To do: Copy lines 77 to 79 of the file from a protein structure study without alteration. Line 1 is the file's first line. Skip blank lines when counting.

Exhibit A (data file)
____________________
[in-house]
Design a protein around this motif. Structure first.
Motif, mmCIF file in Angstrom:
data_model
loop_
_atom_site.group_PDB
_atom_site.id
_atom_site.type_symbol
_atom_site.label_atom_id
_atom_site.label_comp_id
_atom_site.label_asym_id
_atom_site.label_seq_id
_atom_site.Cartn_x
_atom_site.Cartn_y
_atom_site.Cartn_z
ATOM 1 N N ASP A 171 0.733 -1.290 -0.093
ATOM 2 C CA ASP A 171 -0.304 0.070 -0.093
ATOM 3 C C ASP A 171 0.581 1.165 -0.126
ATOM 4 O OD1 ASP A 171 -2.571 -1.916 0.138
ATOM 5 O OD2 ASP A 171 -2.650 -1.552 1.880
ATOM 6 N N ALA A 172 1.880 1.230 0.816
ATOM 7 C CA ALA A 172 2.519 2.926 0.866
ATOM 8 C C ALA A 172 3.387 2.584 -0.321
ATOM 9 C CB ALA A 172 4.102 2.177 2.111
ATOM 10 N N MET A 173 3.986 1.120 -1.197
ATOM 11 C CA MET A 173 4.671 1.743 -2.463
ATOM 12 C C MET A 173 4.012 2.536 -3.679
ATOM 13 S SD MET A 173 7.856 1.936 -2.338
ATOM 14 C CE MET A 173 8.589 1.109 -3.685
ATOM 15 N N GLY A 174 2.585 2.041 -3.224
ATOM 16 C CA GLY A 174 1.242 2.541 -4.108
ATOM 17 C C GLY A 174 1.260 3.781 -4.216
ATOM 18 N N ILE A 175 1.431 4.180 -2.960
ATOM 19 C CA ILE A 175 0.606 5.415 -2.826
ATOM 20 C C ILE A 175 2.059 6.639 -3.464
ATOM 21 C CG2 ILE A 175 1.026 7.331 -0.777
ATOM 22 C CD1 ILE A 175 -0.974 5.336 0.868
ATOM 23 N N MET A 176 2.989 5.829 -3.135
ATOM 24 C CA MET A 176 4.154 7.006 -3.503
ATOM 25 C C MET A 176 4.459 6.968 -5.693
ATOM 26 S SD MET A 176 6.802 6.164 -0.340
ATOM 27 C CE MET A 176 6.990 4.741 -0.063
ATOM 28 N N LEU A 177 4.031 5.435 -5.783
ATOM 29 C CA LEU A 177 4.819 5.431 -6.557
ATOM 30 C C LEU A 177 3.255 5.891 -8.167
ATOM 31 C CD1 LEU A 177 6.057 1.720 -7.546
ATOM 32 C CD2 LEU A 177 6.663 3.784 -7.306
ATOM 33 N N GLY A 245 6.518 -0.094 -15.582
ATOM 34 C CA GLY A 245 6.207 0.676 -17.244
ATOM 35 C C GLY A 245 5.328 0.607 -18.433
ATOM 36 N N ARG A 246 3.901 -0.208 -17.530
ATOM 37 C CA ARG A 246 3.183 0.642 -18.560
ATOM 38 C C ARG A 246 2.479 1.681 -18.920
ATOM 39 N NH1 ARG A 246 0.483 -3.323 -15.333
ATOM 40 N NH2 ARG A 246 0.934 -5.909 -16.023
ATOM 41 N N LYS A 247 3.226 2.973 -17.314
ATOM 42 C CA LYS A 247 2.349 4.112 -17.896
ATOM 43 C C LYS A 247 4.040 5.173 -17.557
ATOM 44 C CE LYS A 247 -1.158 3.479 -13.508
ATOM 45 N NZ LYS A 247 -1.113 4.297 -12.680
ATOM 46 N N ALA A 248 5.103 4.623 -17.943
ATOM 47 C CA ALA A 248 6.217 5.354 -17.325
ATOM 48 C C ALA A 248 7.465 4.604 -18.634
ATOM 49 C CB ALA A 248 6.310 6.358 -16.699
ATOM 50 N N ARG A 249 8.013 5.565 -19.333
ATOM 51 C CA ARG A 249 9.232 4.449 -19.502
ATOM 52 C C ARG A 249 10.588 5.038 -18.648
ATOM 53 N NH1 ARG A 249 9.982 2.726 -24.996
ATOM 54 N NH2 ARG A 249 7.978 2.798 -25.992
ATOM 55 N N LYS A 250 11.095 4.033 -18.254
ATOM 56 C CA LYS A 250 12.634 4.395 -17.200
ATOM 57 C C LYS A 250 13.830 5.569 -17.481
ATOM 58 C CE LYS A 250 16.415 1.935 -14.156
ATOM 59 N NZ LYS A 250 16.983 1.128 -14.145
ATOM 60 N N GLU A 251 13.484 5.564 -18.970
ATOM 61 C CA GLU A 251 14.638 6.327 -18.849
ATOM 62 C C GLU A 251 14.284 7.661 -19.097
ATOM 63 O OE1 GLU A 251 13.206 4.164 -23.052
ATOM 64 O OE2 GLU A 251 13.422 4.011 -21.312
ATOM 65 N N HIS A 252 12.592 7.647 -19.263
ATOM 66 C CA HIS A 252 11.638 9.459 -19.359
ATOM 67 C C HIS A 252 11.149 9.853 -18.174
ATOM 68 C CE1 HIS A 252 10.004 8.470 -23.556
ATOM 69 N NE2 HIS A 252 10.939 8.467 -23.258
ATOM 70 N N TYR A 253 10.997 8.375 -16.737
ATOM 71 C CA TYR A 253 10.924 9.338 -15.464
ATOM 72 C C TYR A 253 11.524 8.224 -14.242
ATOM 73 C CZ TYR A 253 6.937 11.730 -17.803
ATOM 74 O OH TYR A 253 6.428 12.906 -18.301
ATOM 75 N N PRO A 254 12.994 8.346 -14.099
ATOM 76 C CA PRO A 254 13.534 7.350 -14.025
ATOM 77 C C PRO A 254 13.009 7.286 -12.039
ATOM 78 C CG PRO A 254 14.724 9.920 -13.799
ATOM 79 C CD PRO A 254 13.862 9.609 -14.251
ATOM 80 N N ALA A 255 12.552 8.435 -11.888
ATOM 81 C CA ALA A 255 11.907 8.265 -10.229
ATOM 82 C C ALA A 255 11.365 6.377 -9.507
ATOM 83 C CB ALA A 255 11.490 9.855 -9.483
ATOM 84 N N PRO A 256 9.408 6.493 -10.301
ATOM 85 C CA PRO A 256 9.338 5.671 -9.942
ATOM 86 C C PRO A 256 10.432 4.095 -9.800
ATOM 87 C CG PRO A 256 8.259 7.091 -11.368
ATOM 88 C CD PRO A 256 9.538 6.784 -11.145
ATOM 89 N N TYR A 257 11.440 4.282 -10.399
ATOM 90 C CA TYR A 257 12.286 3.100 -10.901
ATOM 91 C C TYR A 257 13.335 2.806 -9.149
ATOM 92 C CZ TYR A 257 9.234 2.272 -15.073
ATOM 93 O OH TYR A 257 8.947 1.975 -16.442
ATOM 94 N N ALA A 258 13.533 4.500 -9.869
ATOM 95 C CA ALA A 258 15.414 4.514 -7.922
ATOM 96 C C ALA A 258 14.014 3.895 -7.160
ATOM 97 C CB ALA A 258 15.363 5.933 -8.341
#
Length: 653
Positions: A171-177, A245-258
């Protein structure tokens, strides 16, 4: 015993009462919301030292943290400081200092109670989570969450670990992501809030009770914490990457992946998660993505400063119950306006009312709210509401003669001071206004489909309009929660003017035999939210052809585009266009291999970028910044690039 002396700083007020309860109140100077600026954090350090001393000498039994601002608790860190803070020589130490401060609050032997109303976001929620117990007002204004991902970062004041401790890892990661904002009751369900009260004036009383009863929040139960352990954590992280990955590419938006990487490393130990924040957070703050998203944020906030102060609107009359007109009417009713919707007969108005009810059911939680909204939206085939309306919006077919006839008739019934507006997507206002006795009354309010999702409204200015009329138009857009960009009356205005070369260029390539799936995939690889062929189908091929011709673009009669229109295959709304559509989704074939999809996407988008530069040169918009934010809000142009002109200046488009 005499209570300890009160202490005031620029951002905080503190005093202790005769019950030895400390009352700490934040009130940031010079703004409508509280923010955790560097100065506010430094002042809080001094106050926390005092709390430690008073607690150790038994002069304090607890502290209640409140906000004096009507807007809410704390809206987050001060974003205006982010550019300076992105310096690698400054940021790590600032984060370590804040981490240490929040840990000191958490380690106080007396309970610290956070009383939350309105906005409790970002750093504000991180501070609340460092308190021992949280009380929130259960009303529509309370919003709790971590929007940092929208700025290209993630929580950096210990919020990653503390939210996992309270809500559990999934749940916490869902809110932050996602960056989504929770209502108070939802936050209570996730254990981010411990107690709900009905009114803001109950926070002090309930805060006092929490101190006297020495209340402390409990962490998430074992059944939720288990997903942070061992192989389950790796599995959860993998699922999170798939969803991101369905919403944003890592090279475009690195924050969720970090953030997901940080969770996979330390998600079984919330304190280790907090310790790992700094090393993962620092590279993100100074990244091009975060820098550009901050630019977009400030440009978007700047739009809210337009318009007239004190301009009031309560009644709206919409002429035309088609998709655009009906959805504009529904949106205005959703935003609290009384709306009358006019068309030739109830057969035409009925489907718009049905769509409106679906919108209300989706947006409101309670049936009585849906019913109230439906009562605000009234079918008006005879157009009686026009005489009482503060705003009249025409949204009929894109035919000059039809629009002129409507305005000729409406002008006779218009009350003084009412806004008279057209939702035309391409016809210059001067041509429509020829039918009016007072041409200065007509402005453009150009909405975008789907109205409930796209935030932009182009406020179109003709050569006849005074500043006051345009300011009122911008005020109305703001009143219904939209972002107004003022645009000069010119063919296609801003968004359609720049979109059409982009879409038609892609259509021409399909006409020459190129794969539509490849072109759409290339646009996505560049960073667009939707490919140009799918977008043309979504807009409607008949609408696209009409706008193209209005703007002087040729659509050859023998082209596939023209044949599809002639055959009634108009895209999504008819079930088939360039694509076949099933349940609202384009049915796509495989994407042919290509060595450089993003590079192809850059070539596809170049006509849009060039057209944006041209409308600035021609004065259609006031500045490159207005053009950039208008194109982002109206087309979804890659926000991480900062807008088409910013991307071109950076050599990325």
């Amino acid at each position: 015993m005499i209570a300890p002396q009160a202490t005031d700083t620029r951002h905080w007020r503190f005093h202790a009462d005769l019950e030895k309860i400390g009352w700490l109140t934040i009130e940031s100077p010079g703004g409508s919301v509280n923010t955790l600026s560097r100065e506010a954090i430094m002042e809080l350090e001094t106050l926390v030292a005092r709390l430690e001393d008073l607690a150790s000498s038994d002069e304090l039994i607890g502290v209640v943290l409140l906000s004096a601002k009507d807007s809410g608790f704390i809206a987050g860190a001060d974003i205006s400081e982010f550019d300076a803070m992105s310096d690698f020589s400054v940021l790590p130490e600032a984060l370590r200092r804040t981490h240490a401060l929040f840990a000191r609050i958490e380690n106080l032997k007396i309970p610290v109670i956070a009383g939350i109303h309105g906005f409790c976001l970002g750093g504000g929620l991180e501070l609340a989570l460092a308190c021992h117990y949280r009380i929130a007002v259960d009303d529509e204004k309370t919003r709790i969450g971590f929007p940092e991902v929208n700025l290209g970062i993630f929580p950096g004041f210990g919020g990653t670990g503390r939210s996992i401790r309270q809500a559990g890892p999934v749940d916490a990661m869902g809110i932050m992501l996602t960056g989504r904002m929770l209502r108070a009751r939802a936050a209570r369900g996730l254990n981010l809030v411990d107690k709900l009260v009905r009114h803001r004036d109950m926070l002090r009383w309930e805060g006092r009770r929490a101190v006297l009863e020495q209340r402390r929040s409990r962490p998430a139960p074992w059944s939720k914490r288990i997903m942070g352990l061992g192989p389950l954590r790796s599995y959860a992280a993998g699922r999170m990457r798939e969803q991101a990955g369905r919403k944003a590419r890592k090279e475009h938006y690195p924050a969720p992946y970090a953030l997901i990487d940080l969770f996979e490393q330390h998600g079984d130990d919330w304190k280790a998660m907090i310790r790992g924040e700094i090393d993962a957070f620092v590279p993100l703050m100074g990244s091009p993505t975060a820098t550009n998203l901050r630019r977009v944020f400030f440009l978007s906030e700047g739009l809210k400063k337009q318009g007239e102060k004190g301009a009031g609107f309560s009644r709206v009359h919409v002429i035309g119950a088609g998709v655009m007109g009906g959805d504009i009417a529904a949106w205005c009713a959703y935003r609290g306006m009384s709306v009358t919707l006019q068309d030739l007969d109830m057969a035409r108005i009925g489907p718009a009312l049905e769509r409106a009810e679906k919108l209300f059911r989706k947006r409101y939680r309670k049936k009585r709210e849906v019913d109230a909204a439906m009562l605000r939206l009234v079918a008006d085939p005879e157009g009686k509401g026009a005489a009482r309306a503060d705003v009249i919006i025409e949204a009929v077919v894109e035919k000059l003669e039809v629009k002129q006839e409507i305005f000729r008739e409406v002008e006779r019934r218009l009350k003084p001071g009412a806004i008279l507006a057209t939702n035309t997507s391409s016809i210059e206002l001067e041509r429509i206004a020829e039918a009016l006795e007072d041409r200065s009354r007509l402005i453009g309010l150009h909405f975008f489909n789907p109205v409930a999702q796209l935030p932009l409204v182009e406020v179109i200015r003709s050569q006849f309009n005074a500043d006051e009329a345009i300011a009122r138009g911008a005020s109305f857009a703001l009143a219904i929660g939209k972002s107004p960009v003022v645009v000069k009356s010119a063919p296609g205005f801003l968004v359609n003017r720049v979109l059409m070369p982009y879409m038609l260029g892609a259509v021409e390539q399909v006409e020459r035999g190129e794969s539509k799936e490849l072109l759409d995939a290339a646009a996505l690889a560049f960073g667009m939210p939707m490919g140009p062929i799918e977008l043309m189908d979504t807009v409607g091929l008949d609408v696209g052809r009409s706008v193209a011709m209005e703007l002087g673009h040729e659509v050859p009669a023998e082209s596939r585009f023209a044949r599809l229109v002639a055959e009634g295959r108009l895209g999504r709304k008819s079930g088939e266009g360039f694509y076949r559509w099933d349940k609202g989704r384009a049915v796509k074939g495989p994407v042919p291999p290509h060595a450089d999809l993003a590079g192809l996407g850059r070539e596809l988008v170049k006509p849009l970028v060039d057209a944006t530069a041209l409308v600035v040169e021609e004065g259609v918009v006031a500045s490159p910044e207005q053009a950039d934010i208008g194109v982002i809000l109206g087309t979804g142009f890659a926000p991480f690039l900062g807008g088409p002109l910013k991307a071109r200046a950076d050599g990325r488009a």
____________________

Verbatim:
ATOM 62 C C GLU A 251 14.284 7.661 -19.097
ATOM 63 O OE1 GLU A 251 13.206 4.164 -23.052
ATOM 64 O OE2 GLU A 251 13.422 4.011 -21.312